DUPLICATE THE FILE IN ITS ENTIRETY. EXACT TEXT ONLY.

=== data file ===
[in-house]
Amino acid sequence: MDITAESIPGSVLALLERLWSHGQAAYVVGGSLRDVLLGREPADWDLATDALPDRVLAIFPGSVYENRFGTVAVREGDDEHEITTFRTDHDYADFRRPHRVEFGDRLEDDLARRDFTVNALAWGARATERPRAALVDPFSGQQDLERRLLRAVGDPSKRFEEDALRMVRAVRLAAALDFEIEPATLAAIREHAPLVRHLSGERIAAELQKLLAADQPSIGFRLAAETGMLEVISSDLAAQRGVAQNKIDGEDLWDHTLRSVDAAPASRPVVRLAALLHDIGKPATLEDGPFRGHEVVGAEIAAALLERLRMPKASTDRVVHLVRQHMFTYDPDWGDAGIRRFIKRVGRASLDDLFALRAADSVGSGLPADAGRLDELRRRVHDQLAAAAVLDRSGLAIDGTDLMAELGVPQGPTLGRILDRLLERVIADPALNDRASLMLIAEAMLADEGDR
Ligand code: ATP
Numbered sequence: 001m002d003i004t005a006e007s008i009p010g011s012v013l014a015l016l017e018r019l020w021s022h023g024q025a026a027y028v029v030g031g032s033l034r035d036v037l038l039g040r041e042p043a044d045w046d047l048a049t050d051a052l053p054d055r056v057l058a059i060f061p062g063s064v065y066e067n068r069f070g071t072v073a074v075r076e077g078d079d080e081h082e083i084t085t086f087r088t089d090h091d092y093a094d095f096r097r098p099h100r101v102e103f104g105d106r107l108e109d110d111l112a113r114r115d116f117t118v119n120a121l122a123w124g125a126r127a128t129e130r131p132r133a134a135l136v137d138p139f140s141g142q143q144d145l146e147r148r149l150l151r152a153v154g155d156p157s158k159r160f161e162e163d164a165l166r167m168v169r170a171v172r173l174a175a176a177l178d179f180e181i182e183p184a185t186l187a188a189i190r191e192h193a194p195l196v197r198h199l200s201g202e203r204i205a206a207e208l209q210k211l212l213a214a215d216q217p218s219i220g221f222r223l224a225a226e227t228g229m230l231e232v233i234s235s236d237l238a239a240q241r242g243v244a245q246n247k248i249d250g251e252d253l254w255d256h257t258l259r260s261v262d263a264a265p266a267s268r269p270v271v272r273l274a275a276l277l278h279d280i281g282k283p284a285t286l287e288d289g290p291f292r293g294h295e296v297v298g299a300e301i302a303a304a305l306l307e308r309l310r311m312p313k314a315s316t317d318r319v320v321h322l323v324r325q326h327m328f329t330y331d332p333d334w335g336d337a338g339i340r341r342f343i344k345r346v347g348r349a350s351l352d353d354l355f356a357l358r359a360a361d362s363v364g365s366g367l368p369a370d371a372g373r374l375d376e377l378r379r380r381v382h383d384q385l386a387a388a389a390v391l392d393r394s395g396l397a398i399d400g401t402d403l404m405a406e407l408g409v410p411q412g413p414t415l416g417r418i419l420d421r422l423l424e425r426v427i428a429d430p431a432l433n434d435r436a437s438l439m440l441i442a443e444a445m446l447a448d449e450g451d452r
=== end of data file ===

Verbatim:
[in-house]
Amino acid sequence: MDITAESIPGSVLALLERLWSHGQAAYVVGGSLRDVLLGREPADWDLATDALPDRVLAIFPGSVYENRFGTVAVREGDDEHEITTFRTDHDYADFRRPHRVEFGDRLEDDLARRDFTVNALAWGARATERPRAALVDPFSGQQDLERRLLRAVGDPSKRFEEDALRMVRAVRLAAALDFEIEPATLAAIREHAPLVRHLSGERIAAELQKLLAADQPSIGFRLAAETGMLEVISSDLAAQRGVAQNKIDGEDLWDHTLRSVDAAPASRPVVRLAALLHDIGKPATLEDGPFRGHEVVGAEIAAALLERLRMPKASTDRVVHLVRQHMFTYDPDWGDAGIRRFIKRVGRASLDDLFALRAADSVGSGLPADAGRLDELRRRVHDQLAAAAVLDRSGLAIDGTDLMAELGVPQGPTLGRILDRLLERVIADPALNDRASLMLIAEAMLADEGDR
Ligand code: ATP
Numbered sequence: 001m002d003i004t005a006e007s008i009p010g011s012v013l014a015l016l017e018r019l020w021s022h023g024q025a026a027y028v029v030g031g032s033l034r035d036v037l038l039g040r041e042p043a044d045w046d047l048a049t050d051a052l053p054d055r056v057l058a059i060f061p062g063s064v065y066e067n068r069f070g071t072v073a074v075r076e077g078d079d080e081h082e083i084t085t086f087r088t089d090h091d092y093a094d095f096r097r098p099h100r101v102e103f104g105d106r107l108e109d110d111l112a113r114r115d116f117t118v119n120a121l122a123w124g125a126r127a128t129e130r131p132r133a134a135l136v137d138p139f140s141g142q143q144d145l146e147r148r149l150l151r152a153v154g155d156p157s158k159r160f161e162e163d164a165l166r167m168v169r170a171v172r173l174a175a176a177l178d179f180e181i182e183p184a185t186l187a188a189i190r191e192h193a194p195l196v197r198h199l200s201g202e203r204i205a206a207e208l209q210k211l212l213a214a215d216q217p218s219i220g221f222r223l224a225a226e227t228g229m230l231e232v233i234s235s236d237l238a239a240q241r242g243v244a245q246n247k248i249d250g251e252d253l254w255d256h257t258l259r260s261v262d263a264a265p266a267s268r269p270v271v272r273l274a275a276l277l278h279d280i281g282k283p284a285t286l287e288d289g290p291f292r293g294h295e296v297v298g299a300e301i302a303a304a305l306l307e308r309l310r311m312p313k314a315s316t317d318r319v320v321h322l323v324r325q326h327m328f329t330y331d332p333d334w335g336d337a338g339i340r341r342f343i344k345r346v347g348r349a350s351l352d353d354l355f356a357l358r359a360a361d362s363v364g365s366g367l368p369a370d371a372g373r374l375d376e377l378r379r380r381v382h383d384q385l386a387a388a389a390v391l392d393r394s395g396l397a398i399d400g401t402d403l404m405a406e407l408g409v410p411q412g413p414t415l416g417r418i419l420d421r422l423l424e425r426v427i428a429d430p431a432l433n434d435r436a437s438l439m440l441i442a443e444a445m446l447a448d449e450g451d452r